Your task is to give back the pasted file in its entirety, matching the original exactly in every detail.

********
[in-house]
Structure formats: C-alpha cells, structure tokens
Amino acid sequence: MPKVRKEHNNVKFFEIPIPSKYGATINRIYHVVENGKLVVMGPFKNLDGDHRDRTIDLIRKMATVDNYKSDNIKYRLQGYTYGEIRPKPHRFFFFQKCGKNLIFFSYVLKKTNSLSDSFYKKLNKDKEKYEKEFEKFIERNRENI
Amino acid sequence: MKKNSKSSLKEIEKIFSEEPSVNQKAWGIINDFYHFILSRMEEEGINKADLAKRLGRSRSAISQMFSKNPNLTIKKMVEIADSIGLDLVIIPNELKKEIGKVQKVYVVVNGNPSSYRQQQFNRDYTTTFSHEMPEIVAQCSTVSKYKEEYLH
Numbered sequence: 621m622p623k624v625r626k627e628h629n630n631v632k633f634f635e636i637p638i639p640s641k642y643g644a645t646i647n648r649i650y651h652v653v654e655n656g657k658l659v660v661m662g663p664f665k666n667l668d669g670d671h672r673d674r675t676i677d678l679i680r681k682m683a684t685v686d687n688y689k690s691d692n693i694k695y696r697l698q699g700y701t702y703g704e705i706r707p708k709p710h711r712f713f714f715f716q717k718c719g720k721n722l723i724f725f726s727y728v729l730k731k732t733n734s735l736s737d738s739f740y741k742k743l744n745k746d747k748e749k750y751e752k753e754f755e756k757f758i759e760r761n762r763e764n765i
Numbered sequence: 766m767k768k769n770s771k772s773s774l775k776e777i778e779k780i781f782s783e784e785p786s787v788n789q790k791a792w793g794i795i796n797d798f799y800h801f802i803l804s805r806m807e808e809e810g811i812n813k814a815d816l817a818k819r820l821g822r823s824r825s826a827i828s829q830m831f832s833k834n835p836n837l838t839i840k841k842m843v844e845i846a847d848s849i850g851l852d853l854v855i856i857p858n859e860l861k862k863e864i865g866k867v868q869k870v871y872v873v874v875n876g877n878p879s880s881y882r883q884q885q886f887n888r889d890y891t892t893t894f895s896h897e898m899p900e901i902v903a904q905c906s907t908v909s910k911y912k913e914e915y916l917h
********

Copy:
[in-house]
Structure formats: C-alpha cells, structure tokens
Amino acid sequence: MPKVRKEHNNVKFFEIPIPSKYGATINRIYHVVENGKLVVMGPFKNLDGDHRDRTIDLIRKMATVDNYKSDNIKYRLQGYTYGEIRPKPHRFFFFQKCGKNLIFFSYVLKKTNSLSDSFYKKLNKDKEKYEKEFEKFIERNRENI
Amino acid sequence: MKKNSKSSLKEIEKIFSEEPSVNQKAWGIINDFYHFILSRMEEEGINKADLAKRLGRSRSAISQMFSKNPNLTIKKMVEIADSIGLDLVIIPNELKKEIGKVQKVYVVVNGNPSSYRQQQFNRDYTTTFSHEMPEIVAQCSTVSKYKEEYLH
Numbered sequence: 621m622p623k624v625r626k627e628h629n630n631v632k633f634f635e636i637p638i639p640s641k642y643g644a645t646i647n648r649i650y651h652v653v654e655n656g657k658l659v660v661m662g663p664f665k666n667l668d669g670d671h672r673d674r675t676i677d678l679i680r681k682m683a684t685v686d687n688y689k690s691d692n693i694k695y696r697l698q699g700y701t702y703g704e705i706r707p708k709p710h711r712f713f714f715f716q717k718c719g720k721n722l723i724f725f726s727y728v729l730k731k732t733n734s735l736s737d738s739f740y741k742k743l744n745k746d747k748e749k750y751e752k753e754f755e756k757f758i759e760r761n762r763e764n765i
Numbered sequence: 766m767k768k769n770s771k772s773s774l775k776e777i778e779k780i781f782s783e784e785p786s787v788n789q790k791a792w793g794i795i796n797d798f799y800h801f802i803l804s805r806m807e808e809e810g811i812n813k814a815d816l817a818k819r820l821g822r823s824r825s826a827i828s829q830m831f832s833k834n835p836n837l838t839i840k841k842m843v844e845i846a847d848s849i850g851l852d853l854v855i856i857p858n859e860l861k862k863e864i865g866k867v868q869k870v871y872v873v874v875n876g877n878p879s880s881y882r883q884q885q886f887n888r889d890y891t892t893t894f895s896h897e898m899p900e901i902v903a904q905c906s907t908v909s910k911y912k913e914e915y916l917h